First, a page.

[openssl-users] Initialising OpenSSL more than once - how do we handle this?

Marty G martygalyean at gmail.com
Mon Jul 30 19:00:22 UTC 2018

On 07/30/2018 02:34 PM, Salz, Rich via openssl-users wrote:

>   * So why not just have a rule "don't litter"
> Have you looked at, say, the memleak testing we do?
> Thanks for the two cents.
Of course I applaud the team's memleak testing!  How could my post be 
interpreted otherwise?  I wasn't trying to single anyone out, just the 
general idea that any memory leak is of little concern when the 
implications of the leak aren't fully known if the cause of the leak 
isn't known, and if one knows the cause, why not deal with it as simple 
good practice?

But nothing beats good programming habits for cleaning up, i.e. "not 
littering" in the first place, as after the fact testing doesn't 
necessarily catch all cases where leaks can occur.  Analogous care at 
the programming stage applies to buffer overruns also as catching them 
after the fact is a dynamic trap shoot.  Same philosophy though.  As 
previously noted by another in this thread, the memleak may be load or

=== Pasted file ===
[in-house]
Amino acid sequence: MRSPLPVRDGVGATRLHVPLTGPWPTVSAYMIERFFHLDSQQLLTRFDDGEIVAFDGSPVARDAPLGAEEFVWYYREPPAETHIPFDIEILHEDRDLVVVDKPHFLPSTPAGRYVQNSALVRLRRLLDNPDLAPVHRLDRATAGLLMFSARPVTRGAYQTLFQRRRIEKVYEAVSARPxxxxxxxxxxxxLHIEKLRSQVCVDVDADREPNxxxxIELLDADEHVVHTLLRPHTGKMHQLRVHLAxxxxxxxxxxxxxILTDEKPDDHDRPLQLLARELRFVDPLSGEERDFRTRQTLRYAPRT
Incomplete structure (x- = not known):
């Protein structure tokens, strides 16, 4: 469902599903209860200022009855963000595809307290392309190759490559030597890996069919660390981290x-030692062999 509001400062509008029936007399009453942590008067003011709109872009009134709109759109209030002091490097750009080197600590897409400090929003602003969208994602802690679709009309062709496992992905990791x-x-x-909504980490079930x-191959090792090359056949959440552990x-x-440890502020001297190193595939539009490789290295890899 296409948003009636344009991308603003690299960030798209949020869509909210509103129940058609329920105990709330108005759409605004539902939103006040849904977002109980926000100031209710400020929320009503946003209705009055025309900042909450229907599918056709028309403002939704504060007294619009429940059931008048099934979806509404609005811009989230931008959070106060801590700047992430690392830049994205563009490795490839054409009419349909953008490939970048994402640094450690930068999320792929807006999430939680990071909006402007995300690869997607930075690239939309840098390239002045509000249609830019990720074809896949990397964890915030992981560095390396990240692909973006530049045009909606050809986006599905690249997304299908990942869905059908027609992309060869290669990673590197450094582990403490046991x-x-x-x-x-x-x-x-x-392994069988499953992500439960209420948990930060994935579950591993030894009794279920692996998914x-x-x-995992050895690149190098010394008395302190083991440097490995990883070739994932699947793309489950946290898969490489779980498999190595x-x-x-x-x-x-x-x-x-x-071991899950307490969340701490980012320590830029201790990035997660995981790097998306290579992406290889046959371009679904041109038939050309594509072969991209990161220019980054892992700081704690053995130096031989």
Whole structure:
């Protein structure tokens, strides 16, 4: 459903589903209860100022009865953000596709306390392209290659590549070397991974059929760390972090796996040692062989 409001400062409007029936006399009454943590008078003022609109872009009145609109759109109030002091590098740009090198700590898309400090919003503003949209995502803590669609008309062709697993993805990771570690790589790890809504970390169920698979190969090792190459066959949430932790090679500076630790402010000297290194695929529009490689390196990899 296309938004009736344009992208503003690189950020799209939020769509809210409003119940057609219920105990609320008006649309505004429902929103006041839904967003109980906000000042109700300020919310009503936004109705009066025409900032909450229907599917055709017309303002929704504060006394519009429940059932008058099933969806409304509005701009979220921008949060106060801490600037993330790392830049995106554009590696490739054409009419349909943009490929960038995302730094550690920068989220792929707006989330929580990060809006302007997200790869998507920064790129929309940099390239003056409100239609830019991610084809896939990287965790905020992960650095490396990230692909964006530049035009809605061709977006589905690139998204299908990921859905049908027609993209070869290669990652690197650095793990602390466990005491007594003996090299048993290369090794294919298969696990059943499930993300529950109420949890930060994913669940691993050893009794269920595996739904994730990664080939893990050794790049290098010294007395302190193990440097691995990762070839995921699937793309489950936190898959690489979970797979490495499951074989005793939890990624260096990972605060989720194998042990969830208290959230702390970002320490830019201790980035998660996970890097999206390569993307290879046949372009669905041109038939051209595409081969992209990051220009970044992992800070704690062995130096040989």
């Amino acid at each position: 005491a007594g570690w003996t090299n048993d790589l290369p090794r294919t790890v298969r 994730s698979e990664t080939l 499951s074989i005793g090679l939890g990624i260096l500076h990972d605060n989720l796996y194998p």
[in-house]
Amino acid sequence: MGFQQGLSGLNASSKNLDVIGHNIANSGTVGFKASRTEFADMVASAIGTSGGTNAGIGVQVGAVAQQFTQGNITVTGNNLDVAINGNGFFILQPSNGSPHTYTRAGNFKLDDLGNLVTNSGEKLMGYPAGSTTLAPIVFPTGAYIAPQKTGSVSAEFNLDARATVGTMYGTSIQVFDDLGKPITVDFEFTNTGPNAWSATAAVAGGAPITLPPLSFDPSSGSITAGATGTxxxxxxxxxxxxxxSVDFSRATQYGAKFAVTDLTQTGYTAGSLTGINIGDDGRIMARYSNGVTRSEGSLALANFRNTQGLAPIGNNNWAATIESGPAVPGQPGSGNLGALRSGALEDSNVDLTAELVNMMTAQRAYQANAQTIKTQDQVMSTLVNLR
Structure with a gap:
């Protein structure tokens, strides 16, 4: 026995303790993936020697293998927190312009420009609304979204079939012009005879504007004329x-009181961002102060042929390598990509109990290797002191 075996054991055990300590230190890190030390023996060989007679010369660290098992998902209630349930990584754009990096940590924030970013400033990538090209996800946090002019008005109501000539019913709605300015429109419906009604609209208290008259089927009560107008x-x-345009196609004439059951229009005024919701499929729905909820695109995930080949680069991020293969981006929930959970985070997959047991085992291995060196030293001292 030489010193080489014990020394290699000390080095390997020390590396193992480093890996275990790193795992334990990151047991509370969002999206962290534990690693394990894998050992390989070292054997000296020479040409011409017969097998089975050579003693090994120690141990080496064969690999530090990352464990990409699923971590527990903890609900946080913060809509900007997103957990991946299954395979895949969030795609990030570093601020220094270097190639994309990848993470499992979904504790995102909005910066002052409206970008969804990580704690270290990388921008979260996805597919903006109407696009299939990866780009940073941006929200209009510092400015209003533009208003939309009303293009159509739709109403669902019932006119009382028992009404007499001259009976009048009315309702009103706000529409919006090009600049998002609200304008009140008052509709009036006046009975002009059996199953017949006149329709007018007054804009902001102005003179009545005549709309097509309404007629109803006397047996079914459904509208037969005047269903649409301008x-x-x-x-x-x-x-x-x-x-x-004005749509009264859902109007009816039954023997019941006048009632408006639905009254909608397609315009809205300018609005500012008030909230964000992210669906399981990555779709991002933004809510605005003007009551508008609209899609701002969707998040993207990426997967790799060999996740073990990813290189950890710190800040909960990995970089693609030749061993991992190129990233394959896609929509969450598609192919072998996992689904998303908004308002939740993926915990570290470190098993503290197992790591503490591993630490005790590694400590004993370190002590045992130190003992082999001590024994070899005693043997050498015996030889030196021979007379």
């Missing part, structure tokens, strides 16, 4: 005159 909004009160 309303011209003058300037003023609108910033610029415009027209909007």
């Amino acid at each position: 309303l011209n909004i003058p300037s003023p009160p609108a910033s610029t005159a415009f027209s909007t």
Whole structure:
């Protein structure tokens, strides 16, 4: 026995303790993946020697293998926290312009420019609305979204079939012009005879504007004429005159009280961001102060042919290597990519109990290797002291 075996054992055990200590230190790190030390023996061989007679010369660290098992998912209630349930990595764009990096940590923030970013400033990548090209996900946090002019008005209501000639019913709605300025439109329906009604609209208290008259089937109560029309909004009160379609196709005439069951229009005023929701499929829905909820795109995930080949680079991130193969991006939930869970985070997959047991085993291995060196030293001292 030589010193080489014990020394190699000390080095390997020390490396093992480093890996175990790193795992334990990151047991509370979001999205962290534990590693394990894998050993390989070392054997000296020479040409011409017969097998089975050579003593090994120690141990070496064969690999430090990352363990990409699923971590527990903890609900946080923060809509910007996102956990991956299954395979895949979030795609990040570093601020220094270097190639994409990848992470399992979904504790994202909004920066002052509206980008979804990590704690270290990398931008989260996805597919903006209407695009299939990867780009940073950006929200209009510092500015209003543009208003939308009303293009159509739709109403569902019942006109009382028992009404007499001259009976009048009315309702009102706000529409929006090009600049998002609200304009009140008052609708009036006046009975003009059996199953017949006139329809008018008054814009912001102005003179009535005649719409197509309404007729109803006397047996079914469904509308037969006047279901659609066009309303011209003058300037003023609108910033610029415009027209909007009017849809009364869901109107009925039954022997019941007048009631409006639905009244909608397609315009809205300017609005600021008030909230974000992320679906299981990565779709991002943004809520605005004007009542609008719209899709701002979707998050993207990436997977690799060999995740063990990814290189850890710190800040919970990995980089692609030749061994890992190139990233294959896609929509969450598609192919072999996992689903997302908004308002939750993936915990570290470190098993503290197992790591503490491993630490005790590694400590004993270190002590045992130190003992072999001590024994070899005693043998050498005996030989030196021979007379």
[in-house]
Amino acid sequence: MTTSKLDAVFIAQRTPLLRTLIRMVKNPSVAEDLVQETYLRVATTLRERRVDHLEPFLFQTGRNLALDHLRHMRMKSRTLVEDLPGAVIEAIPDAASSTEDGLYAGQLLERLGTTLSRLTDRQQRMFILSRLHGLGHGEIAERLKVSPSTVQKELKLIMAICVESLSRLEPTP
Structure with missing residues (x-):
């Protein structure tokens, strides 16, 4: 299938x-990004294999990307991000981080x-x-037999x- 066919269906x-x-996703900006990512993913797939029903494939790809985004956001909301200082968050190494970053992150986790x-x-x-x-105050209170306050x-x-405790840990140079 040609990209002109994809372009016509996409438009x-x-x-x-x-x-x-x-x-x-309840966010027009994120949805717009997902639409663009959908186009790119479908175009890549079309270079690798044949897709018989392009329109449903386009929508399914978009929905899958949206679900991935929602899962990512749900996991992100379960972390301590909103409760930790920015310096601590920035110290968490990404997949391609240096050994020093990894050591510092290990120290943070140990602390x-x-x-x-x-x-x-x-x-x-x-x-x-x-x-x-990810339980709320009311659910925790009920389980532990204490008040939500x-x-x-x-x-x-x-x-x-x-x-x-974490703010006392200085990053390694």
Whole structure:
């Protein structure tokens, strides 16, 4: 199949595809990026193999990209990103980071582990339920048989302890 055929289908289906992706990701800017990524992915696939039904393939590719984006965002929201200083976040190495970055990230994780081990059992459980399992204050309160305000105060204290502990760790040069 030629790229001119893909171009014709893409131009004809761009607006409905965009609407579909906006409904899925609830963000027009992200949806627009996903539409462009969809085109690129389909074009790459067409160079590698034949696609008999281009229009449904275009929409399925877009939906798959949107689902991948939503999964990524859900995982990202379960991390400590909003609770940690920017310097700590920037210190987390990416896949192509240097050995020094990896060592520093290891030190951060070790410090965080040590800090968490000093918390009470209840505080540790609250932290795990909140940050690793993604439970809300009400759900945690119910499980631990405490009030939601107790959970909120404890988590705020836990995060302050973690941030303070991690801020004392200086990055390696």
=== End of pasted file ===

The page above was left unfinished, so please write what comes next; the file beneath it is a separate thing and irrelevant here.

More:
data size dependent.  Or it may be dependent on some intermittent state 
of the underlying OS.  Some leaks can occur from structures accessed 
only via handles to the process and the OS doesn't necessarily release 
those structures when a process exits. But if the dev *always* 
explicitly makes the call to the system to release those structures via 
the handle then one can be far less concerned about the implications 
about what the system will or won't do if one doesn't

For what it is worth, from my view, I'm addressing a small percentage of 
developers out there who may have not considered the implications of 
some of this and how easy it can be avoided altogether with some simple 
practices at code time, rather than trying to mop up later in dynamic 
testing.  I have nothing but the highest respect and gratefulness for 
the sweat and care behind openssl and wouldn't be posting at all if I 
didn't, so thank you!

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